Ode to Tan (poem by me)

Tan, oh tan,
Where art thou?
See me so pale,
I look pallid—
almost sickly.

When you were here,
I looked at least
ten pounds thinner,
Remember summer—
skin all a glimmer.

No, I won’t try
to stir your sleep
with a fake cream,
I’ll wait on you, dear,
At least until spring.

*Only a little time left to submit your short story for Menagerie. Details here: https://drawneartochrist.com/call-for-submissions/.


For That Girl (poem by me)

I wish I was your mother
so I could caress your infant head,
tuck you in at night,
and read a story by your bed.

I wish I was your mother
so I could say it will be okay,
bandage your cut,
and send you back out to play.

I wish I was your mother
so I could tell you God’s plan,
take you to church,
and urge you to wait for a godly man.

*This poem was written in honor of National Adoption Day.

The Weight of the World (poem by me)

I asked myself:
How can I eat salmon
when children have no rice?
How can I buy something new
when they are almost nude?

I heard someone say:
Do for one what
you would do for all.

So I clothed one child,
and gave him bread.
He managed a grin
and then I did too.

The weight of the world
is off of my shoulders.
Now tell me, good sir,
How about you?

“Do to others as you would have them do to you.” —Luke 6:31

*Looking for a child to feed and clothe? Check HERE.

The Change (poem by me)

It was during harvest season,
When the autumn wind howls
I noticed a change in the mam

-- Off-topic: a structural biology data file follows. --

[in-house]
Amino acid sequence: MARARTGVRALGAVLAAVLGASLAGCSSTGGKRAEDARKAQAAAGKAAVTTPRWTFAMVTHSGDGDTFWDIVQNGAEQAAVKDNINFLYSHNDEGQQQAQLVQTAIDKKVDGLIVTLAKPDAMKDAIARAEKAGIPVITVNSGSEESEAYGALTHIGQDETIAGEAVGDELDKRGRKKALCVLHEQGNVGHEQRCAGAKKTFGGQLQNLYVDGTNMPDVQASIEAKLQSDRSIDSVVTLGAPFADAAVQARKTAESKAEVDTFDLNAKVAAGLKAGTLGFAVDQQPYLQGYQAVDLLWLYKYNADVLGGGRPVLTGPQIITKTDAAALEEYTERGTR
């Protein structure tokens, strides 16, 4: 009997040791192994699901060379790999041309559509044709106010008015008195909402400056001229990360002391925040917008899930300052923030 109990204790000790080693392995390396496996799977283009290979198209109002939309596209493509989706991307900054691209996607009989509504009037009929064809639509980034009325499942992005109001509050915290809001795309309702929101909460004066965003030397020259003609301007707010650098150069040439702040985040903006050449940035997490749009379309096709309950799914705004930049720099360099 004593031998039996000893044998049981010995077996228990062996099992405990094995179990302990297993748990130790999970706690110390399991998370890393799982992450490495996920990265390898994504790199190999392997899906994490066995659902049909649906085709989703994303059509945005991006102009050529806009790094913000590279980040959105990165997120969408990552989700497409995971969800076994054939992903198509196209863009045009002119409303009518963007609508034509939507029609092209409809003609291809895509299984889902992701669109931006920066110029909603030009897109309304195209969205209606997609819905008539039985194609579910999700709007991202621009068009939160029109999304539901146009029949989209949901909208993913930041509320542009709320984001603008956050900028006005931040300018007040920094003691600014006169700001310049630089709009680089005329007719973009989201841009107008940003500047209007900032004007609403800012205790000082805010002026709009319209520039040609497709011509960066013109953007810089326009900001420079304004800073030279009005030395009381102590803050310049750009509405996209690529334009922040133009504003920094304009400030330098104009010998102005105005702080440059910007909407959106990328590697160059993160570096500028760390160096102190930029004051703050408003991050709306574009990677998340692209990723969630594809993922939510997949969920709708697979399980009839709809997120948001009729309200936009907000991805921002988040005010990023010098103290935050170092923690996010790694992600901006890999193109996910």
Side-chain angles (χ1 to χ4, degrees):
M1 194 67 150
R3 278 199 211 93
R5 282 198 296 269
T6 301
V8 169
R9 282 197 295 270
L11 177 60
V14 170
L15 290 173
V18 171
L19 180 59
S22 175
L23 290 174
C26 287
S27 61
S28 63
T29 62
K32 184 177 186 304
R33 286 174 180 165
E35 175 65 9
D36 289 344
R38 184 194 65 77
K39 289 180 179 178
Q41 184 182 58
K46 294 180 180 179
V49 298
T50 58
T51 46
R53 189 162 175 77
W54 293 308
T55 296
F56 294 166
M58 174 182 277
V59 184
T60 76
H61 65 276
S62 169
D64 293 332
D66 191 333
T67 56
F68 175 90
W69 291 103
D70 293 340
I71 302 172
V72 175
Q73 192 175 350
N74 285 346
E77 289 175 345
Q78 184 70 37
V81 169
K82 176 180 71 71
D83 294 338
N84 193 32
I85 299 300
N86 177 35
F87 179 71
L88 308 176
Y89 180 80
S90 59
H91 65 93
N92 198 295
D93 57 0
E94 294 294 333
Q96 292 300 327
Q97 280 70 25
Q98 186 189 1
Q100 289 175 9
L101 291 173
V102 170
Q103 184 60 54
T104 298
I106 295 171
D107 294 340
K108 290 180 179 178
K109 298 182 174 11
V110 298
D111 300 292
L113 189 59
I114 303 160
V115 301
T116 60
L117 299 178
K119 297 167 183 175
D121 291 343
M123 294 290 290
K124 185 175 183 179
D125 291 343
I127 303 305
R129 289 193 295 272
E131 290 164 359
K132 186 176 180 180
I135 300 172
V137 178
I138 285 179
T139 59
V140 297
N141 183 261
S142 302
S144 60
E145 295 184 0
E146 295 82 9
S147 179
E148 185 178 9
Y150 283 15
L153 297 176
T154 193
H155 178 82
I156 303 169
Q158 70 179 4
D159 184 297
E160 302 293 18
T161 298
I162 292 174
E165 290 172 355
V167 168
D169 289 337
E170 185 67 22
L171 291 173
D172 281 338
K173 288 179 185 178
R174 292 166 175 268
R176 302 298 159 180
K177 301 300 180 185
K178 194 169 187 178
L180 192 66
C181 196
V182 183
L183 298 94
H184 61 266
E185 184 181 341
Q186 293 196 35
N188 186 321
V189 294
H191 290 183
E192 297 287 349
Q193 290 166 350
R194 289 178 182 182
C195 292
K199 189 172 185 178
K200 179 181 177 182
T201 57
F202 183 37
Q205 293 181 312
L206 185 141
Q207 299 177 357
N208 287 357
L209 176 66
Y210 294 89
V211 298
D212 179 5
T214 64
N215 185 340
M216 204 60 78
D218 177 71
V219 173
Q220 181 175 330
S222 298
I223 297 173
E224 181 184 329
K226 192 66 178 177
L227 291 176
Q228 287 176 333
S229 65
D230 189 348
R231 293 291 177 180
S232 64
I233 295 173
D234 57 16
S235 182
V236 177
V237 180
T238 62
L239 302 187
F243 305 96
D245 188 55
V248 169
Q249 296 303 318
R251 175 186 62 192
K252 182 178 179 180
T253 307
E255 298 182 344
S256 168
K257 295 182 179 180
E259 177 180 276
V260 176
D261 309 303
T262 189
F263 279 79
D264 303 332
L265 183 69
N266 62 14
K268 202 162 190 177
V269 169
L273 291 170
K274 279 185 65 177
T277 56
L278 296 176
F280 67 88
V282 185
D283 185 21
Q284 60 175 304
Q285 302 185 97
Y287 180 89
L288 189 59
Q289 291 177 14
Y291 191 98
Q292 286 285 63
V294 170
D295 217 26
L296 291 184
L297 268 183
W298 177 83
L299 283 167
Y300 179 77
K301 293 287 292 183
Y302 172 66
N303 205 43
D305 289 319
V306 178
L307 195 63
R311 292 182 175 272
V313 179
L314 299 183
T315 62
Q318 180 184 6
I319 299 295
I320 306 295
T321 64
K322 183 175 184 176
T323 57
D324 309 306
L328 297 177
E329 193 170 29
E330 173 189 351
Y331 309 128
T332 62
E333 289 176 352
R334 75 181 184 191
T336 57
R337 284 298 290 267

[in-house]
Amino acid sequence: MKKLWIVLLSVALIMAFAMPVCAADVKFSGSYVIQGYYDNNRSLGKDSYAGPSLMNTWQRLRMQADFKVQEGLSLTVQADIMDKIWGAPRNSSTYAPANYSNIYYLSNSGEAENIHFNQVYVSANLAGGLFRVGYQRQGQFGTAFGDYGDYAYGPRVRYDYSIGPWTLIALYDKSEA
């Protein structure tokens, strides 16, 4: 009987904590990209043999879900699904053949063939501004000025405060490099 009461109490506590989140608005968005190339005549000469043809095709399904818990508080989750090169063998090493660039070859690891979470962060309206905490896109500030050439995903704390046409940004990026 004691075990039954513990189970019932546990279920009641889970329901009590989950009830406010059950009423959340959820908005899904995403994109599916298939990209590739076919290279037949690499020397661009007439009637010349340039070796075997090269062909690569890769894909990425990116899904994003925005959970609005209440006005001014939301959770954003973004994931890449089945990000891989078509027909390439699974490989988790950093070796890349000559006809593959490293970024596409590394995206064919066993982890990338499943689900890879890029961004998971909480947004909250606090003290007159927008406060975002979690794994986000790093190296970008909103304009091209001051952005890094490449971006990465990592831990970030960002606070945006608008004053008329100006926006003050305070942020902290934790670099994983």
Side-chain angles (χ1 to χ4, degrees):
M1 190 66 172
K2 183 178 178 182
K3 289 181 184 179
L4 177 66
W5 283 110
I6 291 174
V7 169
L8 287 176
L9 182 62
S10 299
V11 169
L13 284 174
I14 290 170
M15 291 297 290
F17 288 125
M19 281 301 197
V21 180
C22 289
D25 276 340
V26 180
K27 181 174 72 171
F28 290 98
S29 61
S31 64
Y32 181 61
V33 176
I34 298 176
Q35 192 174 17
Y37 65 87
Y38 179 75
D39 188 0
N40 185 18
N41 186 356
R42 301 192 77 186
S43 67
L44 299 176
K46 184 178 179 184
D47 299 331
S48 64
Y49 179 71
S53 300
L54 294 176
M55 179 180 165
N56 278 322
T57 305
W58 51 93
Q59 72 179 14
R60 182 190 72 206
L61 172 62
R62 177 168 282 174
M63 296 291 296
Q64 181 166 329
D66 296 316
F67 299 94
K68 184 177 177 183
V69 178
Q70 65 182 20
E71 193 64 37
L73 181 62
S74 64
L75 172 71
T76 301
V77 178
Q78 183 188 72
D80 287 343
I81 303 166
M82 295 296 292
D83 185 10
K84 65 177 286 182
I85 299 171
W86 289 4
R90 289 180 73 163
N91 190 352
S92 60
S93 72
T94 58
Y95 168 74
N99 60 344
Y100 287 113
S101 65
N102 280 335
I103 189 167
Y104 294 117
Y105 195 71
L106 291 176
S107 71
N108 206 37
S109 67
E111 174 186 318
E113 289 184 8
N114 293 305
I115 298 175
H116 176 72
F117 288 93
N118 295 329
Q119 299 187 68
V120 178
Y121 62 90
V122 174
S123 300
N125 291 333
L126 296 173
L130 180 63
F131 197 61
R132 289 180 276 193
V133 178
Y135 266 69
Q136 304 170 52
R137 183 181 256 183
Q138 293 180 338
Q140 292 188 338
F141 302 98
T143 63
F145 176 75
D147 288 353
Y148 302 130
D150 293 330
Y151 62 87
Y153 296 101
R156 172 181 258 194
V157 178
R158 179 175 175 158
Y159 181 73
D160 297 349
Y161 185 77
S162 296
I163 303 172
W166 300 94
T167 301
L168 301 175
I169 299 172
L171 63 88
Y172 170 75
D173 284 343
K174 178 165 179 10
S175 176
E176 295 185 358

She had surely gone mad.

Her skin became sallow,
Her clothes no longer fit,
Black hair bulged out,
Rage was her prince.

She sought relief from balms,
Sent for the apothecary,
Applied some homeopathy,
No treatment could be found.

Beads of sweat dripped down,
Hell’s fire blazed within,
There was no hope for her,
Menopause had set in.



From an Iraqi Village (poem by me)

My words were like stillborn children,
My cries for help—all impotent,
Like lambs led to the slaughter,
I’m the only one left.

So hungry I felt like an animal
lusting after human flesh,
So thirsty I drank
my own vile sweat.

I grew immune to the smell
of slow-rotting flesh,
Stopped averting my eyes
when they sliced off their necks.
My lungs still have breath,
But my soul’s ironed flat.

*This poem was written to increase awareness of human suffering in Iraq and inspire prayer for its citizens.

The Un-Worry Process (poem by me)

I put on a coat
that weighed ten pounds,
Everywhere I went
it dragged me down.

I tried to remove it,
It was knitted to my skin,
I foresaw no way
to be free again.

I called on my God,
the Maker of me,
He said, "Let go of all
your stress and worry."

He said, "I've got you,
Rest in my arms,
I'll keep you safe,
and protect you from harm."

I want to say the coat 
dissolved—it's done,
But the truth is I'm pulling
out stitches one by one.

"For in the day of trouble he will keep me safe 
in his dwelling; he will hide me in the shelter of his 
sacred tent and set me high upon a rock."—Psalm 27:5

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